Every college student has moments of overwhelming stress, whether they are 23 years old or 70 years old. But in these moments, Rick Chestnut relies on the BYU Bell Tower.
“There have been times where I’ve felt like I couldn’t do all that is expected of me. In those times, I would step out of the HFAC and hear the bell tower play ‘Come, Come, Ye Saints’ and I knew it would all be okay. That bell tower was my friend, and that small tune kept me going.”
Graduating this month at age 70, Chestnut’s story is unlike any other.
Chestnut’s educational journey began at the University of Iowa but was interrupted by a call to serve in the Vietnam war on a salvage and rescue ship. His experience left him with questions about what was right and wrong. After returning from the war, he took a hiatus from society to camp and trap with a friend in Canada and the Dakotas.
At one point, there was a group of BYU students studying field grasses in South Dakota at the same camp as Chestnut. One of the students talked to him and his friend about Provo and The Book of Mormon. That interaction changed the course of Chestnut’s life.
“I decided to just try to be a good person. I decided to be good to everyone,” Chestnut said. “Next thing I knew, I was on the Amtrak with a one-way ticket to Provo, Utah.”
While he came to Provo with no plans and very little money, life started to fall into place for Chestnut. He remembered the student’s name that had told him about Provo, so he reached out to her. He began learning about the gospel, attending church and eventually was baptized.
“BYU became my spiritual home. I was taught the gospel by students and was baptized in the basement of the JKB. I met my wife here. This place became personally important to me.”
After marrying his wife, they left school in the middle of a semester and took their life in a different direction. Chestnut worked as an electrician to support his family, and he got involved in the film industry on the side.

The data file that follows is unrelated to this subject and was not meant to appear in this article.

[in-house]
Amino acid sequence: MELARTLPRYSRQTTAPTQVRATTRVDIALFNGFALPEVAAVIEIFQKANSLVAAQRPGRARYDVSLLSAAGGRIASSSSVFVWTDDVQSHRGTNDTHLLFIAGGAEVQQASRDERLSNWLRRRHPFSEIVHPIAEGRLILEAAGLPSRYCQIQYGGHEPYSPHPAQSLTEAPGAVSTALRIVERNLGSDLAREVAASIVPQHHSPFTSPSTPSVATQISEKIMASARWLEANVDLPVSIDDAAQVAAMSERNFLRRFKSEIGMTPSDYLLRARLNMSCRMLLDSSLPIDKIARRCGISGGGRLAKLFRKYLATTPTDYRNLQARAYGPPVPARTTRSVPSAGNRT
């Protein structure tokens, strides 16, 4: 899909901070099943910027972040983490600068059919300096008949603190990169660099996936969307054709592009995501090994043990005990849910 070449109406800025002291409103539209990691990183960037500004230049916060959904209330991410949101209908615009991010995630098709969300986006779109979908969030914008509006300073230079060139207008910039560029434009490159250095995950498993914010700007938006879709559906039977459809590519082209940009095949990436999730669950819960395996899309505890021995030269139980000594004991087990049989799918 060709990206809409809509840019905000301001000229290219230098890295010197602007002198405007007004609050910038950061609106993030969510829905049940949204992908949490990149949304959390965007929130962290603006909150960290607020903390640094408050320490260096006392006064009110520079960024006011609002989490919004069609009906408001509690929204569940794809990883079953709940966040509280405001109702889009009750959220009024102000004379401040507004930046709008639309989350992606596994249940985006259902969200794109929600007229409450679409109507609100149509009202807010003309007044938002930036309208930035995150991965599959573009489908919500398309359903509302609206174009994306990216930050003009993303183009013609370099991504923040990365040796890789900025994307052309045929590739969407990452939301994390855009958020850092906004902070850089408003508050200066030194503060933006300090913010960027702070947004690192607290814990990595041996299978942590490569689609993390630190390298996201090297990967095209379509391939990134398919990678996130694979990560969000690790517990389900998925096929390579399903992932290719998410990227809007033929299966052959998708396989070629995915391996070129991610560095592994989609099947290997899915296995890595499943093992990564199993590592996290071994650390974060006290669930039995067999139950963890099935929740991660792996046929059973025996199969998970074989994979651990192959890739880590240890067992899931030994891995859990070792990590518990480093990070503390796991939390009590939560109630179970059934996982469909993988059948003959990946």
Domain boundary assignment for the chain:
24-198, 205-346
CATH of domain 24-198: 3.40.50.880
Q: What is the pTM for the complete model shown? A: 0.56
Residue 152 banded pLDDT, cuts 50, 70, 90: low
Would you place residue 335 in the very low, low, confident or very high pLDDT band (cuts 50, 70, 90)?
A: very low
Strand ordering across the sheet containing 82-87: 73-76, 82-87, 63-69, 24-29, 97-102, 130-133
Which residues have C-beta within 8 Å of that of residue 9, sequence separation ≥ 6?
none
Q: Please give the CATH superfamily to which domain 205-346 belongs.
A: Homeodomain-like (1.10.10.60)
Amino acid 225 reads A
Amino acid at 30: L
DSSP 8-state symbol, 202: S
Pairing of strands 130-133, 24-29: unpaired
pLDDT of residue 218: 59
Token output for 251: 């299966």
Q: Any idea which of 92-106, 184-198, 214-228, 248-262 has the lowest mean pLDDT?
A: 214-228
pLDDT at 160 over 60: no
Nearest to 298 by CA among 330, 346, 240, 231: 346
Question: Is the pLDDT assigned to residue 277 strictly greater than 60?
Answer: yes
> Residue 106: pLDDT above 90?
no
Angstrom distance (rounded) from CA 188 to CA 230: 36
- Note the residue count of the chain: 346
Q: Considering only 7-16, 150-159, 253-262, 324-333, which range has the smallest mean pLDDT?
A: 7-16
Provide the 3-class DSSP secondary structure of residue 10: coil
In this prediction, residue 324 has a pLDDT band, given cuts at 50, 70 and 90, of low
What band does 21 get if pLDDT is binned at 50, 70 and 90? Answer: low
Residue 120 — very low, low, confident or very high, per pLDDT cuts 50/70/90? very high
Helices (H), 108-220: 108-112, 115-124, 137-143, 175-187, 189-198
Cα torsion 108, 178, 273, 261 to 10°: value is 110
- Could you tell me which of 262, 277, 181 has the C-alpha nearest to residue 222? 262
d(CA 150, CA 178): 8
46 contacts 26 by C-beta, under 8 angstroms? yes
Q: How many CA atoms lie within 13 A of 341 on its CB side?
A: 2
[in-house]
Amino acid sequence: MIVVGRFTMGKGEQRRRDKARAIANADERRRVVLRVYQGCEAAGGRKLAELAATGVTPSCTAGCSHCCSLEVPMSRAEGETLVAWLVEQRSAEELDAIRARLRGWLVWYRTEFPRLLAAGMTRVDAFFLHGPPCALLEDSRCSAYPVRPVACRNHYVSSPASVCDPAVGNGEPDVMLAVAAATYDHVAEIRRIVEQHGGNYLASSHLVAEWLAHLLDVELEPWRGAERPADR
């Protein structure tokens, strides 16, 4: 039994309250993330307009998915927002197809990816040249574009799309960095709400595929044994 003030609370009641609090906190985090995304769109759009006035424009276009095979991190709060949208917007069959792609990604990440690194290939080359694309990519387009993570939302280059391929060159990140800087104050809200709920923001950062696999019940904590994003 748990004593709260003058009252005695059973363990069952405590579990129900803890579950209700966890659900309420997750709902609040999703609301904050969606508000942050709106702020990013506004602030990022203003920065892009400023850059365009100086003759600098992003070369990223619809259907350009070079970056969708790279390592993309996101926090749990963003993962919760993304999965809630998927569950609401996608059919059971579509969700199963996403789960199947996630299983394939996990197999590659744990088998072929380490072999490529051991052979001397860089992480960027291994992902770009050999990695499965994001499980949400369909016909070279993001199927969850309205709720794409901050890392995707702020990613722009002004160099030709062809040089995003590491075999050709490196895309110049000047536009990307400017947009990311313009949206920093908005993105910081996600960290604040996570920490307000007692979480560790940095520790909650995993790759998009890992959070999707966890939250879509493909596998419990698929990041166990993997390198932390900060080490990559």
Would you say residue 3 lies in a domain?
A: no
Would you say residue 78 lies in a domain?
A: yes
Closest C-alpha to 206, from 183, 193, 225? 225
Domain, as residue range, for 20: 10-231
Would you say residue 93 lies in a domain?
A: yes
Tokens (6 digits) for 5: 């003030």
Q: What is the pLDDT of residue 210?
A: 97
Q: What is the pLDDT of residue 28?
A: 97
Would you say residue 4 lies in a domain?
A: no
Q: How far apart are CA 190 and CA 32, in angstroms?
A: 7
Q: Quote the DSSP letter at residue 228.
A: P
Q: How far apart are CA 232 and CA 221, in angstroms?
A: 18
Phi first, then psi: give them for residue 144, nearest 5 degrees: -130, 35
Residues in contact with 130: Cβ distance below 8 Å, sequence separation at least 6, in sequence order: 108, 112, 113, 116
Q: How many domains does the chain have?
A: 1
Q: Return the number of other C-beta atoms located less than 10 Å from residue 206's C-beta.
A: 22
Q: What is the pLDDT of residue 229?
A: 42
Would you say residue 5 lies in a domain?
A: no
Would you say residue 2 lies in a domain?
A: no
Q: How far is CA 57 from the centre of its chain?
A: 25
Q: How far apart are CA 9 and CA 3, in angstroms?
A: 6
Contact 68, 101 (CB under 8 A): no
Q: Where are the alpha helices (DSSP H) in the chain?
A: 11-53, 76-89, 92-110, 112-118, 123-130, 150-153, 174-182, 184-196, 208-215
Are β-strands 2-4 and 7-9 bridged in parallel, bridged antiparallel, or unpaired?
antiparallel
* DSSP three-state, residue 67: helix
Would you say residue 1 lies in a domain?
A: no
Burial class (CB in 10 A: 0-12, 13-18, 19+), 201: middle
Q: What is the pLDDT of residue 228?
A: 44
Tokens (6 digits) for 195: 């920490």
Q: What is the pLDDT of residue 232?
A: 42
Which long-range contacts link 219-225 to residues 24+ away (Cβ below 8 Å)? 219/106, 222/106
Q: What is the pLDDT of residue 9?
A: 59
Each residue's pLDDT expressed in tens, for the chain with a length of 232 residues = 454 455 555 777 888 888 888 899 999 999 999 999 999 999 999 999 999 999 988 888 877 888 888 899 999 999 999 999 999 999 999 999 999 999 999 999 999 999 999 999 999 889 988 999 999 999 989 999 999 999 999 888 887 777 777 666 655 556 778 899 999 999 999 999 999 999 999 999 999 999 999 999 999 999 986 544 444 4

“Eventually my wife encouraged me to come back to school when I retired,” Chestnut said. “I looked at different schools, but when I came to BYU it just felt right. I knew I was supposed to come here.”
“It’s a Wonderful Life” is one of Chestnut’s favorite movies. As a BYU film major, Chestnut understands the power that film has to influence people, and loves the way this timeless story moves people.
Attending BYU for the second time, Chestnut has immersed himself fully in his classes and the different experiences offered to him as a film student. He likes screenwriting, and has worked on films with his classmates and built close relationships with his professors.
“One of the things that’s really impressive about Rick is his persistence,” said film professor Jeff Parkin, who has worked with Chestnut throughout his time here. “It would be really challenging to come back to school and that takes a lot of courage, persistence and humility.”
Chestnut’s persistence has helped him power through his college experience, particularly with the obstacle of his severe hearing impairment. But Chestnut’s classmates never made him feel incapable.
“I love my classmates. They’ve gone on missions and they’re respectful of me even with my hearing impairment. I worked on lots of films with different students and it was a great experience.”
One of Chestnut’s favorite parts of being a BYU student has been attending school with his two daughters. While they didn’t see each other on campus very often, “it was really nice to share that experience together.”